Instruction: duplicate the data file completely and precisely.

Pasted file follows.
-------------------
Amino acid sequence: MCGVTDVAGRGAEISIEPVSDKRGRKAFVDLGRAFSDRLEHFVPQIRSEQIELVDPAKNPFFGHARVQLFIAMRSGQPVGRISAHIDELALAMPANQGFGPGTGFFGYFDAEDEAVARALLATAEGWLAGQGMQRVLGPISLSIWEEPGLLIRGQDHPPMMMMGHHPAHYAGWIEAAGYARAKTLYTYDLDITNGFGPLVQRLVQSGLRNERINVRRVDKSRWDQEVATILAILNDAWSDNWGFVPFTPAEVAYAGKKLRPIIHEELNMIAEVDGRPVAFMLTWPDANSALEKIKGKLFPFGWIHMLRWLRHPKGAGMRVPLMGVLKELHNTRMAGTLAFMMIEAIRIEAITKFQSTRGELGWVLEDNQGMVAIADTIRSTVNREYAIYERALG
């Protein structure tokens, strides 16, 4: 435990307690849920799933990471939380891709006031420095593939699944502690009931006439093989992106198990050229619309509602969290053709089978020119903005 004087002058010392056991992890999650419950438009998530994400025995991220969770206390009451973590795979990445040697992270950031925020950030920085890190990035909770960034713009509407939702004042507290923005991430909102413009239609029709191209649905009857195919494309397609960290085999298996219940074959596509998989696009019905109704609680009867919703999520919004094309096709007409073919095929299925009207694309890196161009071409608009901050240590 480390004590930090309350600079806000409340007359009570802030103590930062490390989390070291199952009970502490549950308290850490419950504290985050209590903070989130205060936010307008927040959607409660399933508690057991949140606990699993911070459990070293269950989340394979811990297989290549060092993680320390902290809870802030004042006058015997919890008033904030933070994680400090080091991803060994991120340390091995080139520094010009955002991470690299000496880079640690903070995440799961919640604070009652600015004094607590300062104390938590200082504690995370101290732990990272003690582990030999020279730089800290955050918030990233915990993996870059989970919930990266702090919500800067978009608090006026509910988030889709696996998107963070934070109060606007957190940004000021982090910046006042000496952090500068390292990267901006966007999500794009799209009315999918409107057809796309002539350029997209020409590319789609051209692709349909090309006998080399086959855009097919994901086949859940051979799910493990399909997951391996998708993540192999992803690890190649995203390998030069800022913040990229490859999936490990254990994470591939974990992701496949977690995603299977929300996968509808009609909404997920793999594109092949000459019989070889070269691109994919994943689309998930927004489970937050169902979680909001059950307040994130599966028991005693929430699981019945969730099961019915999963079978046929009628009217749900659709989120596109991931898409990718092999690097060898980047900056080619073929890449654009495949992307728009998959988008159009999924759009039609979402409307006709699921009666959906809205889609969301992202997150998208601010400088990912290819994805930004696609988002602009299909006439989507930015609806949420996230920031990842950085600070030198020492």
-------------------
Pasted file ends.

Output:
Amino acid sequence: MCGVTDVAGRGAEISIEPVSDKRGRKAFVDLGRAFSDRLEHFVPQIRSEQIELVDPAKNPFFGHARVQLFIAMRSGQPVGRISAHIDELALAMPANQGFGPGTGFFGYFDAEDEAVARALLATAEGWLAGQGMQRVLGPISLSIWEEPGLLIRGQDHPPMMMMGHHPAHYAGWIEAAGYARAKTLYTYDLDITNGFGPLVQRLVQSGLRNERINVRRVDKSRWDQEVATILAILNDAWSDNWGFVPFTPAEVAYAGKKLRPIIHEELNMIAEVDGRPVAFMLTWPDANSALEKIKGKLFPFGWIHMLRWLRHPKGAGMRVPLMGVLKELHNTRMAGTLAFMMIEAIRIEAITKFQSTRGELGWVLEDNQGMVAIADTIRSTVNREYAIYERALG
């Protein structure tokens, strides 16, 4: 435990307690849920799933990471939380891709006031420095593939699944502690009931006439093989992106198990050229619309509602969290053709089978020119903005 004087002058010392056991992890999650419950438009998530994400025995991220969770206390009451973590795979990445040697992270950031925020950030920085890190990035909770960034713009509407939702004042507290923005991430909102413009239609029709191209649905009857195919494309397609960290085999298996219940074959596509998989696009019905109704609680009867919703999520919004094309096709007409073919095929299925009207694309890196161009071409608009901050240590 480390004590930090309350600079806000409340007359009570802030103590930062490390989390070291199952009970502490549950308290850490419950504290985050209590903070989130205060936010307008927040959607409660399933508690057991949140606990699993911070459990070293269950989340394979811990297989290549060092993680320390902290809870802030004042006058015997919890008033904030933070994680400090080091991803060994991120340390091995080139520094010009955002991470690299000496880079640690903070995440799961919640604070009652600015004094607590300062104390938590200082504690995370101290732990990272003690582990030999020279730089800290955050918030990233915990993996870059989970919930990266702090919500800067978009608090006026509910988030889709696996998107963070934070109060606007957190940004000021982090910046006042000496952090500068390292990267901006966007999500794009799209009315999918409107057809796309002539350029997209020409590319789609051209692709349909090309006998080399086959855009097919994901086949859940051979799910493990399909997951391996998708993540192999992803690890190649995203390998030069800022913040990229490859999936490990254990994470591939974990992701496949977690995603299977929300996968509808009609909404997920793999594109092949000459019989070889070269691109994919994943689309998930927004489970937050169902979680909001059950307040994130599966028991005693929430699981019945969730099961019915999963079978046929009628009217749900659709989120596109991931898409990718092999690097060898980047900056080619073929890449654009495949992307728009998959988008159009999924759009039609979402409307006709699921009666959906809205889609969301992202997150998208601010400088990912290819994805930004696609988002602009299909006439989507930015609806949420996230920031990842950085600070030198020492």